Their heritage allows them to survive in harsh climates having adapted to the poor upland pastures and windswept moorlands of Scotland, originating from Galloway. In 1997, western America suffered the "April Blizzard" resulting in great floods. As much as 21 feet of water resided in some places. While lots of animals, including horses and cows were lost, one breed withstood the flood, days without food, or rest from treading water--the Beltie Cows. Read the story here.

Their beef is exceptionally lean and flavorful. While most breeds of cows develop an extra layer of fat on their hide to protect them from the cold in winter, Beltie Cows grow an extra coat of hair rather than fat.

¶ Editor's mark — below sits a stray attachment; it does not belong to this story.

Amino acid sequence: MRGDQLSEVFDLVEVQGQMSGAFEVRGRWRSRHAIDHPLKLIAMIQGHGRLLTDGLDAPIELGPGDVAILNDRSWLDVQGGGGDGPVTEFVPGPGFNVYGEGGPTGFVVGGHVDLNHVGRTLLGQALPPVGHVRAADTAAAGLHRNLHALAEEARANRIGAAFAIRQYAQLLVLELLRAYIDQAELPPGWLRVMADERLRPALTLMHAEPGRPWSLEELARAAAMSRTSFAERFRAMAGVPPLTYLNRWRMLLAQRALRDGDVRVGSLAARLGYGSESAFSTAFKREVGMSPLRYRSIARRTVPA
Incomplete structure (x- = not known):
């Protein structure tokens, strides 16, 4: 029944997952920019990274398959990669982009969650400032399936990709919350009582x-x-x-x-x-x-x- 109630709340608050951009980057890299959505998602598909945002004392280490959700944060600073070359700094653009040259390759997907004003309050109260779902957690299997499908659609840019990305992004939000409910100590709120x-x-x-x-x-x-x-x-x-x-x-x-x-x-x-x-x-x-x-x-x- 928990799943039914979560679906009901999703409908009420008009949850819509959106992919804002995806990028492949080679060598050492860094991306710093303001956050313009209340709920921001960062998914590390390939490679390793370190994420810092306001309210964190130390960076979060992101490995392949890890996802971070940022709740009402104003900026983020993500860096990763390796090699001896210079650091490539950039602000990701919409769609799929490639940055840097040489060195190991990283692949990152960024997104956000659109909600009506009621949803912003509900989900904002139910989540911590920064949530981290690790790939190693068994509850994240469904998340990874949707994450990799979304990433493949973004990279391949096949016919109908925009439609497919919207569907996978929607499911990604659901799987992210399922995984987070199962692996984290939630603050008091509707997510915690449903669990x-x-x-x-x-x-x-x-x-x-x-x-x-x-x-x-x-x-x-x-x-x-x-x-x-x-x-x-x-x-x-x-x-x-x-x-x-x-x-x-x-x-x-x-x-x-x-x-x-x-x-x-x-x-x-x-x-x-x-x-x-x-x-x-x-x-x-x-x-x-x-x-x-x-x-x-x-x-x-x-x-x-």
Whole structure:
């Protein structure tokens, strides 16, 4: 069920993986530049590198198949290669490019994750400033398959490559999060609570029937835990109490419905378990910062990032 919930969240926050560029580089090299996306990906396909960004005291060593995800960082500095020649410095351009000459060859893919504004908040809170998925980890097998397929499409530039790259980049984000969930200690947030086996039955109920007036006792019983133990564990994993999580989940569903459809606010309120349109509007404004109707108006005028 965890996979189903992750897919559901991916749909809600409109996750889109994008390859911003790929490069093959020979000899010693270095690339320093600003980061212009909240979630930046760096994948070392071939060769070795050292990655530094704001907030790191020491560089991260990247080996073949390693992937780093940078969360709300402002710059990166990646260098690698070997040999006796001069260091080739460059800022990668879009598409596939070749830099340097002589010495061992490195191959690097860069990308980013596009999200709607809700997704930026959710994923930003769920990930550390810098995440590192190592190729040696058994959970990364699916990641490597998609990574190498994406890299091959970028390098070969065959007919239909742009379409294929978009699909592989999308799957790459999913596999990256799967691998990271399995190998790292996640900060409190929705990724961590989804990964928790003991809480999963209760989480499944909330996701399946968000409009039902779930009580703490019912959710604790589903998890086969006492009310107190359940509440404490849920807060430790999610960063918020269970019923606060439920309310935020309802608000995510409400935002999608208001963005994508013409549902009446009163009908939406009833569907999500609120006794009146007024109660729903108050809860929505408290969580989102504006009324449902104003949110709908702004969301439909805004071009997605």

Here in North Carolina, you will find Beltie Cows at Fearrington Village, a quaint place settled on farmland dating back to 1770's in Chatham County, NC. This is an area of North Carolina that was surrounded by Scots-Irish immigrants and descendants for many generations. The small community is modeled after the villages of England. Fearrington Village offers a relaxing visit of dining, a beautiful country inn, shopping, historic gardens, and Beltie Cows.

For more information on Beltie Cows, visit the Belted Galloway Society of the United States.

The photos in this post are courtesy of Fearrington Village.